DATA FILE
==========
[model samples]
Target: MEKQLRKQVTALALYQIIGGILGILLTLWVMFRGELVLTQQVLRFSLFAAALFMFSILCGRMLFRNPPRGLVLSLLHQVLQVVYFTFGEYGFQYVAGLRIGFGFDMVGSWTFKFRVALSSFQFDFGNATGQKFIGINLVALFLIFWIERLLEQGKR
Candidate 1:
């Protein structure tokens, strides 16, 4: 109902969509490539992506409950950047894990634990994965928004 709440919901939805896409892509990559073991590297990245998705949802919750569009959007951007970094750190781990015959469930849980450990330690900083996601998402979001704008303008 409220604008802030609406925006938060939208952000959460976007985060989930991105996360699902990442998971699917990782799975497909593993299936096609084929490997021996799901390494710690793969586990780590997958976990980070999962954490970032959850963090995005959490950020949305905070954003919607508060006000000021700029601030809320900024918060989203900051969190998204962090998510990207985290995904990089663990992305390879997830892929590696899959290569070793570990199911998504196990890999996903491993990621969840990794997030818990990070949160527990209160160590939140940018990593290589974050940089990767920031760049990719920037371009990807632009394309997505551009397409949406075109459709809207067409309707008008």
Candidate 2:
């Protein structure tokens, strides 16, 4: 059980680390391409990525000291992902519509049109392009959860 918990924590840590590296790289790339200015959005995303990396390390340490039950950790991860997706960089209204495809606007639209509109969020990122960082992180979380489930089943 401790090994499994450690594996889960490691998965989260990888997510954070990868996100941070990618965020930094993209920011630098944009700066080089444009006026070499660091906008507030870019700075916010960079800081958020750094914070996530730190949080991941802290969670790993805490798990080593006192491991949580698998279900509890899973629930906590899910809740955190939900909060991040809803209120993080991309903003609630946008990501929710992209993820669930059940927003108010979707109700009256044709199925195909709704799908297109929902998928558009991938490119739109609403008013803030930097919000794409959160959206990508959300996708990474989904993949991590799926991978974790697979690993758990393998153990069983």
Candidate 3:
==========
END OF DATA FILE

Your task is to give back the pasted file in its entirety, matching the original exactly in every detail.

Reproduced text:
[model samples]
Target: MEKQLRKQVTALALYQIIGGILGILLTLWVMFRGELVLTQQVLRFSLFAAALFMFSILCGRMLFRNPPRGLVLSLLHQVLQVVYFTFGEYGFQYVAGLRIGFGFDMVGSWTFKFRVALSSFQFDFGNATGQKFIGINLVALFLIFWIERLLEQGKR
Candidate 1:
């Protein structure tokens, strides 16, 4: 109902969509490539992506409950950047894990634990994965928004 709440919901939805896409892509990559073991590297990245998705949802919750569009959007951007970094750190781990015959469930849980450990330690900083996601998402979001704008303008 409220604008802030609406925006938060939208952000959460976007985060989930991105996360699902990442998971699917990782799975497909593993299936096609084929490997021996799901390494710690793969586990780590997958976990980070999962954490970032959850963090995005959490950020949305905070954003919607508060006000000021700029601030809320900024918060989203900051969190998204962090998510990207985290995904990089663990992305390879997830892929590696899959290569070793570990199911998504196990890999996903491993990621969840990794997030818990990070949160527990209160160590939140940018990593290589974050940089990767920031760049990719920037371009990807632009394309997505551009397409949406075109459709809207067409309707008008």
Candidate 2:
């Protein structure tokens, strides 16, 4: 059980680390391409990525000291992902519509049109392009959860 918990924590840590590296790289790339200015959005995303990396390390340490039950950790991860997706960089209204495809606007639209509109969020990122960082992180979380489930089943 401790090994499994450690594996889960490691998965989260990888997510954070990868996100941070990618965020930094993209920011630098944009700066080089444009006026070499660091906008507030870019700075916010960079800081958020750094914070996530730190949080991941802290969670790993805490798990080593006192491991949580698998279900509890899973629930906590899910809740955190939900909060991040809803209120993080991309903003609630946008990501929710992209993820669930059940927003108010979707109700009256044709199925195909709704799908297109929902998928558009991938490119739109609403008013803030930097919000794409959160959206990508959300996708990474989904993949991590799926991978974790697979690993758990393998153990069983």
Candidate 3: